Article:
The Rolling Wave on RTÉ Radio 1 celebrates the magic of legendary trad label Claddagh Records - listen above.
Sometime in the late 1950s two friends, Ivor Browne and Garech de Brún, were sitting in Garech's flat in Dublin and Ivor was explaining that he had been trying to persuade a record company to make a full-length recording, an LP, of the playing of piper Leo Rowsome. However, nobody was interested because, as Garech explained, while a short 78 recording might be alright, who would want to listen to twenty minutes of solo piping, much less double that?
In the end they decided to do it themselves and the first LP released on their new Claddagh Records/Ceirníní Cladaigh label in 1959 was Leo Rowsome’s The King of the Pipers.
Many more exceptional recordings were to follow - classics like The Liffey Banks by Tommie Potts, The Star Above the Garter by Julia Clifford and Denis Murphy, Gusty’s Frolics by Seán Keane and so many others.Seán Ó Riada’s final recording, Ó Riada’s Farewell recorded on Garech de Brún’s harpsichord in Luggala three weeks before Ó Riada’s death in 1971.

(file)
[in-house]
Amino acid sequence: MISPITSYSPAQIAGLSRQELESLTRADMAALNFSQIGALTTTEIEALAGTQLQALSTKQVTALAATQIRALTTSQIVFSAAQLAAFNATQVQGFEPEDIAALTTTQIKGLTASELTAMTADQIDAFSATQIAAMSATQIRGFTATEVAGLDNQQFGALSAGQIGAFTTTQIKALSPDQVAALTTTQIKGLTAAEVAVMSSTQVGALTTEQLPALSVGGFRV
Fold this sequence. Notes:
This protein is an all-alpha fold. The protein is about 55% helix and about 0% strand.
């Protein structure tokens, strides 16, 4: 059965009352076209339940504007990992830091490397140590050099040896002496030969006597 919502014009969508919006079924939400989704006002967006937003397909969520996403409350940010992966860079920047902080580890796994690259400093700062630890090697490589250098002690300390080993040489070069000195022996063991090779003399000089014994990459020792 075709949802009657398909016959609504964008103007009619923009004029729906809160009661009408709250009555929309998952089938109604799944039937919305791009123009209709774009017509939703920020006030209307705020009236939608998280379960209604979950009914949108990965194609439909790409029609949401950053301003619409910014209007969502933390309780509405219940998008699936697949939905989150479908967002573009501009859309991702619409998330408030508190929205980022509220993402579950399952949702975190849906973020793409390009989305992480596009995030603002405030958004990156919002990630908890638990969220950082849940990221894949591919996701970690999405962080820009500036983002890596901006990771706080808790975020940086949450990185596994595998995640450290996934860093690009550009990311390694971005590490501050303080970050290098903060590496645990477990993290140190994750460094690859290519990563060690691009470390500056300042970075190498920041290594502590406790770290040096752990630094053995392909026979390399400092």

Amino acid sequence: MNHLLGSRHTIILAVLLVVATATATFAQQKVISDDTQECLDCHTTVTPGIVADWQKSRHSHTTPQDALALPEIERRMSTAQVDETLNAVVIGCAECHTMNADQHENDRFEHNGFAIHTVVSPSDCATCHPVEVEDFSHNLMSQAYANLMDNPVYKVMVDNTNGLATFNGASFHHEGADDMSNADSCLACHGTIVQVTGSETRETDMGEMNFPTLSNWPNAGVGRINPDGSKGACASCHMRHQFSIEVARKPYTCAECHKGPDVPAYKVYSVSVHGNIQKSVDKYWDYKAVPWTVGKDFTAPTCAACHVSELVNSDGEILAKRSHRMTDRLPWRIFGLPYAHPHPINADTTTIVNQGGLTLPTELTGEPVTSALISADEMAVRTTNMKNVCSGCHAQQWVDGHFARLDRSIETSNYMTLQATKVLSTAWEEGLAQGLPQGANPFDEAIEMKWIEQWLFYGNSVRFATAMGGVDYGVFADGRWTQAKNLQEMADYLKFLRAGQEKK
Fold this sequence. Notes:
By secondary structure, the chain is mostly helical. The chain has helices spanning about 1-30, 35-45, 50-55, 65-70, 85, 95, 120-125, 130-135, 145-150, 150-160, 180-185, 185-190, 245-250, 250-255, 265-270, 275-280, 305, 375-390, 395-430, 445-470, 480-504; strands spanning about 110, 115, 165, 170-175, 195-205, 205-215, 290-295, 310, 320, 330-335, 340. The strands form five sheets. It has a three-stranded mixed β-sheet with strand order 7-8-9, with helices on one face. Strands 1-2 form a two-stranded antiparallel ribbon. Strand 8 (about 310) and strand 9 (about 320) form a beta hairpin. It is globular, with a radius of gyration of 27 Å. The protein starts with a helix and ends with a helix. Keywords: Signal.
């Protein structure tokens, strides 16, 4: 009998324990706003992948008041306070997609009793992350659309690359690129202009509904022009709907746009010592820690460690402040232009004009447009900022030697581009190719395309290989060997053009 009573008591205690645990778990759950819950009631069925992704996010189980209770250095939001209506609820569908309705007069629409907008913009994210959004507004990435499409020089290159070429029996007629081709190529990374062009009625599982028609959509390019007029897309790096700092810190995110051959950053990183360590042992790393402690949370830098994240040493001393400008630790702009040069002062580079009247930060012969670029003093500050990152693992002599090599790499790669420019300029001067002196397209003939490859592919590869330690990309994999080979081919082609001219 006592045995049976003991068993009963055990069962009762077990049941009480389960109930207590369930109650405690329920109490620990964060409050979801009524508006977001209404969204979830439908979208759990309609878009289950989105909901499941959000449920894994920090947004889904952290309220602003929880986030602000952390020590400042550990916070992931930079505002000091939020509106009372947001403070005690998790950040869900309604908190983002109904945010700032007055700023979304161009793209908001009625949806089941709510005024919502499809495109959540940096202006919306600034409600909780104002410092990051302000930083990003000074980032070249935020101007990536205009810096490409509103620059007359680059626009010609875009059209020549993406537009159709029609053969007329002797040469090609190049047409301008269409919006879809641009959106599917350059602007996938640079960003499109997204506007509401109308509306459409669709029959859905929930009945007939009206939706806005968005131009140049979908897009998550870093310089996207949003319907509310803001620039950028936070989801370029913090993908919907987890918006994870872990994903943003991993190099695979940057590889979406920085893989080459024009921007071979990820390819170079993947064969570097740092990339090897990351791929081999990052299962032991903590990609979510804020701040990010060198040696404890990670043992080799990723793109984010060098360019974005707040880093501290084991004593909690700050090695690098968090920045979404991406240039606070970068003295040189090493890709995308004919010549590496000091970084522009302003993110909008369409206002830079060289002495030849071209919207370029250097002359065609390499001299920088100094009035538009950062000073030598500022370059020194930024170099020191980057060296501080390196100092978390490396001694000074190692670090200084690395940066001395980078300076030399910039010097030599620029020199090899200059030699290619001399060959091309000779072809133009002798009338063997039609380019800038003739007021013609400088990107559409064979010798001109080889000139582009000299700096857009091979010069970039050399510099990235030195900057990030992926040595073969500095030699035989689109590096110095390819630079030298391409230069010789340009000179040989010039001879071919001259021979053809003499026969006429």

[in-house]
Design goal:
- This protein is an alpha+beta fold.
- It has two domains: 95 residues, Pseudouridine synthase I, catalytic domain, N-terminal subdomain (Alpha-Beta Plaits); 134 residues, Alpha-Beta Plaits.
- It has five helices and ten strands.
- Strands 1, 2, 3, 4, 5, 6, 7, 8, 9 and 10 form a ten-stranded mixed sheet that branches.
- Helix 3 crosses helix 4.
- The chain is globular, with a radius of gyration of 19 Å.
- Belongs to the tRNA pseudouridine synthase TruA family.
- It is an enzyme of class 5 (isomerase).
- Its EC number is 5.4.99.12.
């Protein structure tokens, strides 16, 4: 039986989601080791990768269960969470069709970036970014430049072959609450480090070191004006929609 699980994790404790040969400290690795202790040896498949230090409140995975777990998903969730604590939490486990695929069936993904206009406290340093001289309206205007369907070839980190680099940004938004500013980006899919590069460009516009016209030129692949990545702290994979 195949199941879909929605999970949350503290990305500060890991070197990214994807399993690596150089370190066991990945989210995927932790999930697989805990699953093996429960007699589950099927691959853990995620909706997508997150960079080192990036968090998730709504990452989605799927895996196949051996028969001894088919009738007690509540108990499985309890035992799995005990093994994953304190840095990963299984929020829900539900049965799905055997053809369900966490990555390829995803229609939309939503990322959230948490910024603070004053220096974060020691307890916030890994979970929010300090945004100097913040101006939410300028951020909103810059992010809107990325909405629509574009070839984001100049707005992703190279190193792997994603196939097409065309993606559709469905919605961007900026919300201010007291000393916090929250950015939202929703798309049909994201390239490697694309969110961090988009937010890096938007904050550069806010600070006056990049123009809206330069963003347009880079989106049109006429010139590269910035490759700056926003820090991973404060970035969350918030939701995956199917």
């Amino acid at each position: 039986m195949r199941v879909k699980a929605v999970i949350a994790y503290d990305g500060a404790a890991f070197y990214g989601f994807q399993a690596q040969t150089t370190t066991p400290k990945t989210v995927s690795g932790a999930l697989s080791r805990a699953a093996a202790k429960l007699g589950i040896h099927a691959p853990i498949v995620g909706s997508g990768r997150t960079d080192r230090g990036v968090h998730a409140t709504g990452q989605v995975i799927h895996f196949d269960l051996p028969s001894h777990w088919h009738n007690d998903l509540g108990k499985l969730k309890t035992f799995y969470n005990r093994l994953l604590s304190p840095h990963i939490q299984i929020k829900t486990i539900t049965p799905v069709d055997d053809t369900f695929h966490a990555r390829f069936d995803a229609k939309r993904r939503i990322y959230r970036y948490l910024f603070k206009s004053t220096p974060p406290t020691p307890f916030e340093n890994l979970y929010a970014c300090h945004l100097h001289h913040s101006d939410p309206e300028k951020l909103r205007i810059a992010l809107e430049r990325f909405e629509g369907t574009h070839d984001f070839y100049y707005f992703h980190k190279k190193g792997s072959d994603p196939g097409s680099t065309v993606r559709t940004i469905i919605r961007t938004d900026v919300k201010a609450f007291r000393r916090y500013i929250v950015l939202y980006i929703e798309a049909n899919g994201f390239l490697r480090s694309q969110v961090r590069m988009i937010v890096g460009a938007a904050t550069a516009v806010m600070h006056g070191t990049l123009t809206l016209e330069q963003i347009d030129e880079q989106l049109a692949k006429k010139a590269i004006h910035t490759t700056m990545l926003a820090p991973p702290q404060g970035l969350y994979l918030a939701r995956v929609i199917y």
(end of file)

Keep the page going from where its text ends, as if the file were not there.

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Poetry too mattered a lot to the founders of Claddagh: Seamus Heaney, Ted Hughes, Thomas Kinsella, John Montague, Patrick Kavanagh and others all recorded full-length LPs, reading their own work.
Recently it was announced that Claddagh Records had agreed a licensing agreement with Universal Music which hopefully means that the majestic Claddagh back catalogue will become more widely available. In light of that announcement Aoife Nic Cormaic presented a special edition of The Rolling Wave looking back at those early Claddagh Records vinyl releases, both poetry and music.
Reflecting on this collection and on the work of Claddagh Records, a line from the sleeve notes to Máire Áine Ní Dhonnchadha’s 1970 LP Deora Aille seems particularly fitting:
‘Is buaine port ná glór na néan, is buaine focal ná toice an tsaoi - a tune outlasts song of bird and a word the wealth of this world’.